OK, put your favorite hits below.
[A LATE ADDITION: Jim Glass has his own hit list - I defy anyone anywhere to come up with something funnier than his Number 2. And while you try to top it, I'm going to steal it!
Feb 13, 2000 - A long tirade by Krugman wacking McCain for opposing a sales tax on goods sold over the internet.
Feb 20, 2000 - Nevermind. Here is the crushing correction:
In my Feb. 13 column I described the Internet Tax Freedom Act of 1998 as a legal impediment to sales taxation. In fact it only prohibits taxes on Internet service providers.
Reading the Feb 13 column with the Feb 20 correction in mind gives "misdirected" a higher meaning. More background is here.
UPDATE: Let's get Andrew Samwick (a right-ish former
Clinton Bush II Admin economist currently at Dartmouth) into the mix. These two posts, and the responses there-to, nicely illustrate the all-too frequent nature of these Krugman discussions - you're wrong, Krugman's right, you're wrong, Krugman's right, OK, you may be right but it is a minor, nit-picking point.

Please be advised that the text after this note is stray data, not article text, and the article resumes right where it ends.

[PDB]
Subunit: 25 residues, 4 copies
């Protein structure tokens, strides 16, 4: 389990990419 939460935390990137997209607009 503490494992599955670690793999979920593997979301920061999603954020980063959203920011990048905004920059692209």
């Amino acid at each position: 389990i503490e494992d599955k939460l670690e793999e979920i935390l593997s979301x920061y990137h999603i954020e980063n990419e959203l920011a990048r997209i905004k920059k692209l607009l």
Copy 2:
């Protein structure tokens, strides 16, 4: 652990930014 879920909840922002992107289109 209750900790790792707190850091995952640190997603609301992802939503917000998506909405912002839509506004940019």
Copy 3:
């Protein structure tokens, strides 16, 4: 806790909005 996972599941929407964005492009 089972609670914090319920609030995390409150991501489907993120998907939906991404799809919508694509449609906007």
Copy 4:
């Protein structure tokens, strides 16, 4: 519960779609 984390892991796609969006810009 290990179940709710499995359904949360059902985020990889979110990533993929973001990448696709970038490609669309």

And (again in the comments) the Angry Bear (a left-ish economist) makes the case for Venn diagrams and greater political diversity on America's campuses:
While I don't wish to associate with the likes of Donald Luskin, your post is likely to be cited by this crowd. It ain't my choice of folks to run with - and I'd caution anyone else to stay far, far away from their insanity.
Let's simplify that - right wing cranks criticize Kruman; you are criticizing Krugman; therefore, you may be mistaken for a right wing crank.
Well, that puts the "silly" in syllogism. But one wonders - how many lefties routinely circle the wagons if their criticism of a lefty icon might become fodder for Rush Limbaugh and that ilk? Or is it only in blogs that they self-censor? Or might it include, for example, newspaper interviews? Where is the point at which the pursuit of truth occurs without fear or favor?
Jon Henke has a few catches.
And why all the rancor? Arnold Kling addressed this a while back - people seem to respond poorly to Krugman's insinuations that people who disagree with him are corrupt, dishonest, or stupid. So did Robert Kuttner, years ago. Go figure.
Finally, Krugman explains that "retirement income" routinely means all income available to retirees. Fine. But try and square that with his classic explanation that "Medicare" routinely means "Medicare, Part A".
UNRELENTING (AND UNFORGIVEN): Jim Glass has a list, and his Number 2 makes Krugman look as if he stepped in... - well, read Krugman's Feb 13 2000 column in light of his Feb 20 2000 admission that his entire premise was flawed. Then say it with me (and him, and all the acolytes) - NEVERMIND!